Online

ESTRO 2020

Session Item

Saturday
November 28
10:30 - 11:30
Physics Stream 1
Proffered papers 5: Analysis for toxicity and outcome
1202
Proffered Papers
Physics
11:00 - 11:10
A multivariate NTCP model for GI and GU morbidity in 1151 patients treated with proton therapy
Ludvig Paul Muren, Denmark
OC-0099

Abstract

A multivariate NTCP model for GI and GU morbidity in 1151 patients treated with proton therapy
Authors: Curtis Bryant.(University of Florida Health Proton Therapy Institute, University of Florida Health Proton Therapy Institute, Jacksonville, USA), Zuofeng Li.(University of Florida Health Proton Therapy Institute, University of Florida Health Proton Therapy Institute, Jacksonville, USA), Xiaoying Liang.(University of Florida Health Proton Therapy Institute, University of Florida Health Proton Therapy Institute, Jacksonville, USA), Nancy Mendenhall.(University of Florida Health Proton Therapy Institute, University of Florida Health Proton Therapy Institute, Jacksonville, USA), Ludvig P Muren.(Aarhus University Hospital, Department of Medical Physics, Aarhus C, Denmark), Jesper Pedersen.(Aarhus University Hospital, Department of Medical Physics, Aarhus C, Denmark)
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Purpose or Objective

Most normal tissue complication probability (NTCP) models are derived from outcomes following photon-based radiotherapy. However, due to the fundamentally different properties between photons and protons, such as reduced dose bath and a higher relative biological effectiveness (RBE), NTCP models for photons might not be applicable to proton therapy (PT). Furthermore, most NTCP models are based on dose/volume parameters only (e.g. the probit model), but it is being recognised that also non-dose/volume related factors may be important predictors as well. The aim of this study was therefore to develop multivariate NTCP models for gastrointestinal (GI) and genitourinary (GU) morbidity for prostate patients treated with PT.

Material and Methods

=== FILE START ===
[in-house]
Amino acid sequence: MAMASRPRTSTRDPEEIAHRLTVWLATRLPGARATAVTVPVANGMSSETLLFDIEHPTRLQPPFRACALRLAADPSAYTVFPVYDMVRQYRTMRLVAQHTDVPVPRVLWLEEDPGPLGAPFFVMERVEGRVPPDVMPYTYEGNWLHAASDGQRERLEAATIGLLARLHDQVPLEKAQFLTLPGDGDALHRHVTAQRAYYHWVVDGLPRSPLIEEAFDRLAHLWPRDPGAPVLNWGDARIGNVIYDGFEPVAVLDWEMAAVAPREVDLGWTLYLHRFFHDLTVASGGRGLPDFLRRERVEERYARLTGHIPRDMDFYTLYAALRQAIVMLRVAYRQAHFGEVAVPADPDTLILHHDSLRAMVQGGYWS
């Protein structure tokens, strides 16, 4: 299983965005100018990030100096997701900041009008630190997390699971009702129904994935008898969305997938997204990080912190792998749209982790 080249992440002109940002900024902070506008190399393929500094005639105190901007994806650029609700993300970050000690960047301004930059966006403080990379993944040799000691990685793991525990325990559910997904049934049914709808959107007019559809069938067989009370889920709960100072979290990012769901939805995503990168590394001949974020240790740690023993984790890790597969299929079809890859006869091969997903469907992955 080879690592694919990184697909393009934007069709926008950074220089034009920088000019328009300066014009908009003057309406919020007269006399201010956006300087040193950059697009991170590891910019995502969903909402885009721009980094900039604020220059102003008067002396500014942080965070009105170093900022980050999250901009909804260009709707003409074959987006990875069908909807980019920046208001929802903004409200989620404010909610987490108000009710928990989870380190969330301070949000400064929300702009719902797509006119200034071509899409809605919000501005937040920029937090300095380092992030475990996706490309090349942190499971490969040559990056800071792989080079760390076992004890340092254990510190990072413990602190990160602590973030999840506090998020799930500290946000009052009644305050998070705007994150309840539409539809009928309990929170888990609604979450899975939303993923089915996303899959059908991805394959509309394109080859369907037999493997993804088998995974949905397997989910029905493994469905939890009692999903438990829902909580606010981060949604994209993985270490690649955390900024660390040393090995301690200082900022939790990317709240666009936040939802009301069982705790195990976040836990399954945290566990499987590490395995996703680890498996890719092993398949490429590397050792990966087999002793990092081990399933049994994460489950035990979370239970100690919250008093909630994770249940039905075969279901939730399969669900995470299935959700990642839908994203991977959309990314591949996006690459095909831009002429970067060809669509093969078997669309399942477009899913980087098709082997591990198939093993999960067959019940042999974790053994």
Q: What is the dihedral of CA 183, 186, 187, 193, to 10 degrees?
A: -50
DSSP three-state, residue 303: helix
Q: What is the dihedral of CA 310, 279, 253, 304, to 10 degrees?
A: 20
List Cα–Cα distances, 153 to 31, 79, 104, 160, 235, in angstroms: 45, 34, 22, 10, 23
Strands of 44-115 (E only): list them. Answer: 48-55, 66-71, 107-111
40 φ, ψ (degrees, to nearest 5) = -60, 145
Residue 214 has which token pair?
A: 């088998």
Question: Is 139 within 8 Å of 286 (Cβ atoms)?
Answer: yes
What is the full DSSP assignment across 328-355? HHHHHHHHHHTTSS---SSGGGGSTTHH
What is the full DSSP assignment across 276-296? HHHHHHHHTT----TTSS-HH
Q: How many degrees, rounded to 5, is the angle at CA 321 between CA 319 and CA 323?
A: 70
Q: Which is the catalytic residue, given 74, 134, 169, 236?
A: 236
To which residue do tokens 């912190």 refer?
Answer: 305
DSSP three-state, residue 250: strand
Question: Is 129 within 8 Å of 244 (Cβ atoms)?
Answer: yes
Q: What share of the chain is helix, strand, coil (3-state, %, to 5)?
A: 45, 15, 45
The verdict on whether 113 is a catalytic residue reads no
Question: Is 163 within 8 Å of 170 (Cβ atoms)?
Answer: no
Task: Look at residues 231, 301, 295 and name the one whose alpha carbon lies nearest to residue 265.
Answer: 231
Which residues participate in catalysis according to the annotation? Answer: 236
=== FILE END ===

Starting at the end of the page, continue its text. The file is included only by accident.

Dose volume histogram data (DVH), for the rectum, rectal wall, bladder, and bladder wall from 1151 prostate cancer patients treated with passive scattering PT between 2006 and 2010, as well as various patient characteristics and pre-treatment factors were analysed. Prescribed target doses were 78-82 Gy (RBE=1.1) in 2 Gy fractions. A least absolute shrinkage and selection operator (LASSO) logistic regression analysis was used to analyse the effects of the studied factors on rectal and bladder morbidities. Two prospectively scored alternative grade 2 late rectal bleeding (LRB) endpoints (CTCAE v3.0) were studied: Grade 2A+2B (GR2A2B) was classified as medical and procedural (n=184 (16%)), and Grade 2B (GR2B) was classified as procedural only (n=63 (5%)). For the bladder, prospectively scored Grade 3+ GU morbidity was used as endpoint (n=51 (4%)). In the multivariate analysis we accounted for collinearity of the DVH parameters. The discriminating ability of the model was described by the area under the curve (AUC), and model calibration was evaluated by the Hosmer-Lemeshow (HL) test.

Results

In the final multivariate models, both GR2A2B and GR2B (Fig. 1) LRB was associated with age, anti-coagulant use, rectum volume, rectum D5%, and V75 of the rectum wall. The Grade 3+ GU endpoint was associated with anti-coagulant use, prostate volume, bladder D5%, equivalent uniform dose (EUD) (n=0.18) of the bladder, and V75 of the bladder wall. The AUC and HL test values were 0.66 and p = 0.49 for the GR2A2B LRB model, 0.73 and p = 0.35 for the GR2B LRB model, and 0.64 and p = 0.09 for the Grade 3+ GU morbidity model (Fig. 2), indicating good model fits.




Conclusion

Multivariate NTCP models were developed for both LRB and GU morbidity following passive scattered PT for prostate cancer. All endpoints were associated with many of the same predictors. In particular, anti-coagulant use, V75 of either the full structure or wall, as well as D5%, were important prognostic factors in this cohort. Consequently, these predictors may be used to optimise proton treatment planning.